Only $1.7b accessed | ‘REQUIREMENTS FOR ACCESS TO CLIMATE FUNDING COMPLEX’

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Deputy Prime Minister and Minister for Finance Prof Biman Prasad. Picture: JONA KONATACI

Between 2003 and 2016, the Pacific region only accessed $1.7billion in climate financing, says Finance Minister Professor Biman Prasad.

The figures, he stated, were reflective of the cumbersome, rigorous and complex requirements needed by vulnerable nations to even access these climate funds.

In his address at the International Monetary Fund high-level meeting in Nadi, the Deputy Prime Minister said access to climate funds mattered.

“Speed of access to finance matters. The prepositioning of finance matters.

“We live the climate crisis across the Pacific — from the highlands of PNG to the flatlands of the Federated States of Micronesia as the climate change super-charged El Nino unfolds with ferocity unseen in decades,” he said.

“We feel the impacts of climate change on our rapidly deteriorating infrastructure — at our jetties, in our schools and across our roads.

“We feel climate change in the runaway increases in the cost of food and other essential items that are driven by floods, droughts, and grave uncertainty in weather patterns across the world.” Prof Prasad said elders in the region met the bitter reality of runaway price increases fuelled by climate change every day when they purchased bread and food in shops and markets across the Pacific.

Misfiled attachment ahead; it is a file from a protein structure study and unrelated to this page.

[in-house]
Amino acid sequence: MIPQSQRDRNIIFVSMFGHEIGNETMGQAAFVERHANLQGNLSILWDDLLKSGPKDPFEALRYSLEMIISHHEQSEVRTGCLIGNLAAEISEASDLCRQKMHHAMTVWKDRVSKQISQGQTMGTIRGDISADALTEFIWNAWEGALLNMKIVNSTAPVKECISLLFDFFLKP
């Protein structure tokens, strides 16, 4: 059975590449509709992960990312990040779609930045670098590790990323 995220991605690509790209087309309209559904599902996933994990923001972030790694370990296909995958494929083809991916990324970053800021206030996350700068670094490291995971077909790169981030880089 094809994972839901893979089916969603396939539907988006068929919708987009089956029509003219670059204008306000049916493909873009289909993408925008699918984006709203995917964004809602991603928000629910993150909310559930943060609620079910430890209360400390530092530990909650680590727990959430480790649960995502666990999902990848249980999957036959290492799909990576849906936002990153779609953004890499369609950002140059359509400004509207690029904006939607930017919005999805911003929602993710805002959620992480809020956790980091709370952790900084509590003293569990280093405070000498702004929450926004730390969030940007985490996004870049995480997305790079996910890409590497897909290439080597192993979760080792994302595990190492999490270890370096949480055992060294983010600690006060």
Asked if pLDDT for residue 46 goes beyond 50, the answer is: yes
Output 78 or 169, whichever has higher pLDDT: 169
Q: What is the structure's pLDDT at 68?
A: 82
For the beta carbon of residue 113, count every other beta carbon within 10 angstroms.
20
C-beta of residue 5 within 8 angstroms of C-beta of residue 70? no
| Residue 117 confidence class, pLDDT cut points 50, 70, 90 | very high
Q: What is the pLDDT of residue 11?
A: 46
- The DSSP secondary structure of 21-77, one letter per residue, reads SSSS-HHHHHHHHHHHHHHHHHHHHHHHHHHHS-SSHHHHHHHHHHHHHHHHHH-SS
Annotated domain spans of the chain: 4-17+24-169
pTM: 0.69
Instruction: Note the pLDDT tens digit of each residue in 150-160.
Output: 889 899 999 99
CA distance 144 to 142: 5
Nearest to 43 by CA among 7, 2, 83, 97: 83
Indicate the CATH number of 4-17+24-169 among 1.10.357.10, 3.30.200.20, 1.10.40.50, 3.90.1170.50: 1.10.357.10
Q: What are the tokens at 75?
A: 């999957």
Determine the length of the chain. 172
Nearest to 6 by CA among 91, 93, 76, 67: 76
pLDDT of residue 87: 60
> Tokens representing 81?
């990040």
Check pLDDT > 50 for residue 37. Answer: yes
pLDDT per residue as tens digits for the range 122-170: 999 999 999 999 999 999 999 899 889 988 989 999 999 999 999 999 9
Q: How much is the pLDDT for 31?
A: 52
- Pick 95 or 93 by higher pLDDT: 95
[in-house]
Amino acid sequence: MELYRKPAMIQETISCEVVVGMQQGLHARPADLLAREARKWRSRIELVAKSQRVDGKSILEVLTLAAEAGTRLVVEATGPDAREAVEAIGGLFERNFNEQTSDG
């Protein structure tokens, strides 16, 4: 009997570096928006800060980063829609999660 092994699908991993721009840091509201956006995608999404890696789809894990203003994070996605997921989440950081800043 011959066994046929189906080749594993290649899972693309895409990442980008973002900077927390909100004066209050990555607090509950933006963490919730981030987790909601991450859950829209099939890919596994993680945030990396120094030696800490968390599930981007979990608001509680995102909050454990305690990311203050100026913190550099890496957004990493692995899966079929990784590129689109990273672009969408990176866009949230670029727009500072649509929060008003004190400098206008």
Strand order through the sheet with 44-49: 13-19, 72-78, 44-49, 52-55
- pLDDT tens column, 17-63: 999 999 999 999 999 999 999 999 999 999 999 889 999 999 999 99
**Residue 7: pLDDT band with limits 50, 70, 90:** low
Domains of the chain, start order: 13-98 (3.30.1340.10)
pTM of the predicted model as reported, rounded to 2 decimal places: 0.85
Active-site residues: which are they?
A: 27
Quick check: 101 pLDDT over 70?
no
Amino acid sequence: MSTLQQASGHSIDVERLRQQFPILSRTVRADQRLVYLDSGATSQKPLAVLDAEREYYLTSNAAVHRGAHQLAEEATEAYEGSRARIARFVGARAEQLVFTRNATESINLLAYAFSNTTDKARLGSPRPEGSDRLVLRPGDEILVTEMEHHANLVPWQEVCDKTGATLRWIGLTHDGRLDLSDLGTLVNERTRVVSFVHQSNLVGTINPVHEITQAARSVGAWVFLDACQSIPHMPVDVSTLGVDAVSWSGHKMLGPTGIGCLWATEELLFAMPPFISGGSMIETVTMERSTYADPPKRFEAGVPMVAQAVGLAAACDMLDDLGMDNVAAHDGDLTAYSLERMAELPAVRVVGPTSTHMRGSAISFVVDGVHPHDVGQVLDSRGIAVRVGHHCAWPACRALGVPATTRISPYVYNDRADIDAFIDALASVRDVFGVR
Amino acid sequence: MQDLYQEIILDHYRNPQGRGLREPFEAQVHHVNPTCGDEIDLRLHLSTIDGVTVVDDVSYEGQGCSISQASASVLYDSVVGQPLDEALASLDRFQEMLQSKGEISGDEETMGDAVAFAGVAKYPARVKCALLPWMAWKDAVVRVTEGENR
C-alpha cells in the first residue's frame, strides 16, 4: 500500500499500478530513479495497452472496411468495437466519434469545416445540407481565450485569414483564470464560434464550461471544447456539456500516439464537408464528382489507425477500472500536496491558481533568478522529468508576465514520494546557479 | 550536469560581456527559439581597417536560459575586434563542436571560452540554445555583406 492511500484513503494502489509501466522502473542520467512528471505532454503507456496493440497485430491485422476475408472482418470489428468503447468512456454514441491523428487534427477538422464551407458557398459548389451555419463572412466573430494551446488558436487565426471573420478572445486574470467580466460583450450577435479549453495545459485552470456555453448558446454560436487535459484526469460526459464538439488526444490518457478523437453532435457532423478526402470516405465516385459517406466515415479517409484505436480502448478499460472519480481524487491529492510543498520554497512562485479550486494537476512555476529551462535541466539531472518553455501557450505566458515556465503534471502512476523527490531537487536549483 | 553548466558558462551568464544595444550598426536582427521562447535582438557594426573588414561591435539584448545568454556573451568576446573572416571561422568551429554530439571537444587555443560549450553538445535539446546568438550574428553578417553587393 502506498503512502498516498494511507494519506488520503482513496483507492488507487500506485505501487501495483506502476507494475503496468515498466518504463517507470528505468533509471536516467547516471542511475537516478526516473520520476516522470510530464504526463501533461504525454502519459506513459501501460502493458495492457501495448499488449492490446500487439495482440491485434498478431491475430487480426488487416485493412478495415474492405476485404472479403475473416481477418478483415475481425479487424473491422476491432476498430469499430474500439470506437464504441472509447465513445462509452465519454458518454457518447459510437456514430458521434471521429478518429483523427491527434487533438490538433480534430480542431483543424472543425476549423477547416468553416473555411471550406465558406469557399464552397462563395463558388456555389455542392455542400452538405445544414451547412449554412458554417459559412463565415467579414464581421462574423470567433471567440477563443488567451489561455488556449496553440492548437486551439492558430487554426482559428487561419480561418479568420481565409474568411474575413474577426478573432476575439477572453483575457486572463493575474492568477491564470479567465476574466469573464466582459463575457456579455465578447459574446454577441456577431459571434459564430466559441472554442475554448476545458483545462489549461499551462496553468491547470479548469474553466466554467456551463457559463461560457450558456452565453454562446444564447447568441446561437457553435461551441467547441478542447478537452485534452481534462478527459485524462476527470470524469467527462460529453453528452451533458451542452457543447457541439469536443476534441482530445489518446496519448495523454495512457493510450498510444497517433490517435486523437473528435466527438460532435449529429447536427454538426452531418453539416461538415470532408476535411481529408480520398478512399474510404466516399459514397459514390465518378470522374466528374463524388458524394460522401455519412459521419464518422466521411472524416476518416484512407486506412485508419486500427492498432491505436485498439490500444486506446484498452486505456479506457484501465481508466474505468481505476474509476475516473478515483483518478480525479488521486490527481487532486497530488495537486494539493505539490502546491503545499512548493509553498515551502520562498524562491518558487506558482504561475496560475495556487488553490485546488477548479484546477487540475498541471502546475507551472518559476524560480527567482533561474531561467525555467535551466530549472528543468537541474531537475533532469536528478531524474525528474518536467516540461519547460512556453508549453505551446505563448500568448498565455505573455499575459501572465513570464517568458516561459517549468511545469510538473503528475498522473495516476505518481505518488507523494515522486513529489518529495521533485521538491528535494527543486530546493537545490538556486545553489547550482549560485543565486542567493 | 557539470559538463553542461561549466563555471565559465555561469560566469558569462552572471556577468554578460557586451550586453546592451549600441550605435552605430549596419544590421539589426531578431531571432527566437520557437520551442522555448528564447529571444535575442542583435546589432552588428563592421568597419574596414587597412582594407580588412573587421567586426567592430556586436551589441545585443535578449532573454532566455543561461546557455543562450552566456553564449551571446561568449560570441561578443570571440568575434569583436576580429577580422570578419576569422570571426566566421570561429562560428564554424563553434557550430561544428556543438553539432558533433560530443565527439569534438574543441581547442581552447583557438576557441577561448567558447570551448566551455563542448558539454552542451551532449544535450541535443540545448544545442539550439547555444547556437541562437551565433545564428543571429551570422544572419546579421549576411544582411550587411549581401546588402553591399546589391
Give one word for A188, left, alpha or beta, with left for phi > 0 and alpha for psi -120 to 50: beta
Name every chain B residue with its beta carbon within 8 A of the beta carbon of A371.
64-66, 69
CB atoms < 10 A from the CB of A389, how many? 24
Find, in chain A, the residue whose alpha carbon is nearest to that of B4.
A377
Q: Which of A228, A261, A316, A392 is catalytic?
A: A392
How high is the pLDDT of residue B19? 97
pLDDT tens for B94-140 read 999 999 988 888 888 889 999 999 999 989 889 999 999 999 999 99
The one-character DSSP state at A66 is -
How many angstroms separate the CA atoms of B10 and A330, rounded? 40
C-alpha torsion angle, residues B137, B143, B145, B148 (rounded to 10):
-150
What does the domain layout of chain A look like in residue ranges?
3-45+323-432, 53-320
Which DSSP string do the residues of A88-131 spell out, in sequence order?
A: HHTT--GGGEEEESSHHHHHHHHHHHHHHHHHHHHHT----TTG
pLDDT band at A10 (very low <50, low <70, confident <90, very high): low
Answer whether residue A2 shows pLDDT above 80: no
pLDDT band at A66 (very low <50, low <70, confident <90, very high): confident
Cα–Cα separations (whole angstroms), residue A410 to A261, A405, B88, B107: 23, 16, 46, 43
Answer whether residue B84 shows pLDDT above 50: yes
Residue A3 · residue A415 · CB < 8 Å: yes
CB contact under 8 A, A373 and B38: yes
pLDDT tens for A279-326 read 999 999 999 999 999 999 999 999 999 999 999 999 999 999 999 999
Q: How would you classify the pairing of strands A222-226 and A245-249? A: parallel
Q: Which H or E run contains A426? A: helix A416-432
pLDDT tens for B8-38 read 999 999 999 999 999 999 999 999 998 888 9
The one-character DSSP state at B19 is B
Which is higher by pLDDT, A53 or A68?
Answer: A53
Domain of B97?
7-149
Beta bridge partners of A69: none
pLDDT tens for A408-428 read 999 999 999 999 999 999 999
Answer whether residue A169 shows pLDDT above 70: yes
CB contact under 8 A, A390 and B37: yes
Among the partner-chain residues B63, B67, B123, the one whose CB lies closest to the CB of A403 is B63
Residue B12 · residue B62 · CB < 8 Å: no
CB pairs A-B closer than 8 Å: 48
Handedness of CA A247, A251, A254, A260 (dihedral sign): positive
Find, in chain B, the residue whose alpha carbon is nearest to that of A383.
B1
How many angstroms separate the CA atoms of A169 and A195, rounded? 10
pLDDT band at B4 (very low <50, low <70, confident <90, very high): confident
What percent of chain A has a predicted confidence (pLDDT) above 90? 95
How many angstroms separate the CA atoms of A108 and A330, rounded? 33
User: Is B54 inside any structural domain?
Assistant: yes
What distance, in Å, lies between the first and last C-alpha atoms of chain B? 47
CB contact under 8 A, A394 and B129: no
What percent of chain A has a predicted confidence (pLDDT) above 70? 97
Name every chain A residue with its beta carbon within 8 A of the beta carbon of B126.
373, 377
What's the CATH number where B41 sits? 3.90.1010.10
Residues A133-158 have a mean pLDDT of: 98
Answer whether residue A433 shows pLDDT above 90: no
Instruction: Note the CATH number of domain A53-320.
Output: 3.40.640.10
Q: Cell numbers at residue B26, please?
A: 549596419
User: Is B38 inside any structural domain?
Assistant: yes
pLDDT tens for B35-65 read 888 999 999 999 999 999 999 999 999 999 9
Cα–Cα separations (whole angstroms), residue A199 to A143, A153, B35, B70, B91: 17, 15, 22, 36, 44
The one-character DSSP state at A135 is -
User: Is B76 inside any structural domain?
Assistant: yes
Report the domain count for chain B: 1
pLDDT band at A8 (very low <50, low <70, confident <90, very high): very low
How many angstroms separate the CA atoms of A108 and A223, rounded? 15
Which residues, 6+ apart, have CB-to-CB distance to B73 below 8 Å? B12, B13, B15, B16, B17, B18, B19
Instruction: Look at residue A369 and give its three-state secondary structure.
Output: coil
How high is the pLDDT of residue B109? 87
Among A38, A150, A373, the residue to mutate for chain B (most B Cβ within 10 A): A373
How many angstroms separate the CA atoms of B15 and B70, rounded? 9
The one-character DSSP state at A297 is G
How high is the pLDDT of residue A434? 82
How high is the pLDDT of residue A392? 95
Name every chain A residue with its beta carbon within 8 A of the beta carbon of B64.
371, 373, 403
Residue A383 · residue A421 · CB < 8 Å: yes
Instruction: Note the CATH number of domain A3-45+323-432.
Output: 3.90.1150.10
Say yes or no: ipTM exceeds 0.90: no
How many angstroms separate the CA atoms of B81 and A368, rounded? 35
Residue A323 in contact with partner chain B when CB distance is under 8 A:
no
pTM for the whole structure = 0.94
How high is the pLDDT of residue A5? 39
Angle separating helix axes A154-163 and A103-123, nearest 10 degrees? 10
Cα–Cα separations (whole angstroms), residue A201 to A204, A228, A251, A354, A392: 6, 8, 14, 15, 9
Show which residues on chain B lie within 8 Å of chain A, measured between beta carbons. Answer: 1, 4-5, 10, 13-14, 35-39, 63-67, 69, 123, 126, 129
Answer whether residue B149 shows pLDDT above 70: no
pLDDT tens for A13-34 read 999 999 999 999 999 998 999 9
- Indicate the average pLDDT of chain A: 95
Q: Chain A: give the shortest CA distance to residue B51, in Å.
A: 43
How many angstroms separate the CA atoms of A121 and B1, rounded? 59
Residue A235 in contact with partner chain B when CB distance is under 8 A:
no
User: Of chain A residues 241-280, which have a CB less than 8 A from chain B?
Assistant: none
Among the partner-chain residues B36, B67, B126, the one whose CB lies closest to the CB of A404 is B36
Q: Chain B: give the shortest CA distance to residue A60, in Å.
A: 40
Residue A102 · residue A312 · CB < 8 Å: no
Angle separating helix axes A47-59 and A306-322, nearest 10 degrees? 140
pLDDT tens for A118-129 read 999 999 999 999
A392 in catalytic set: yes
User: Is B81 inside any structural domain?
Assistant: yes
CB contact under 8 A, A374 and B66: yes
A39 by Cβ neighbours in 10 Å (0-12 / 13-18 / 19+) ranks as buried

He said they felt the impact of climate change on their social infrastructure – in growing crime, gender violence, and in the communities.

The minister said the prices of essential food increased further as an effect of the immediate impact of flooding Fiji faced this past week.

“The Pacific makes no special claim to be the only region to be impacted by the climate crisis in intense ways,” he said.

“No country outside the Blue Pacific is considering the whole scale migration of its people as a result of climate change — none.

“No country outside the Pacific is exploring legal options to maintain state continuity to prepare for an eventuality when their lands are lost to sea level rise. None.

“No country outside of SIDS has faced a 30-100 per cent loss of their GDP following a single extreme weather event.”

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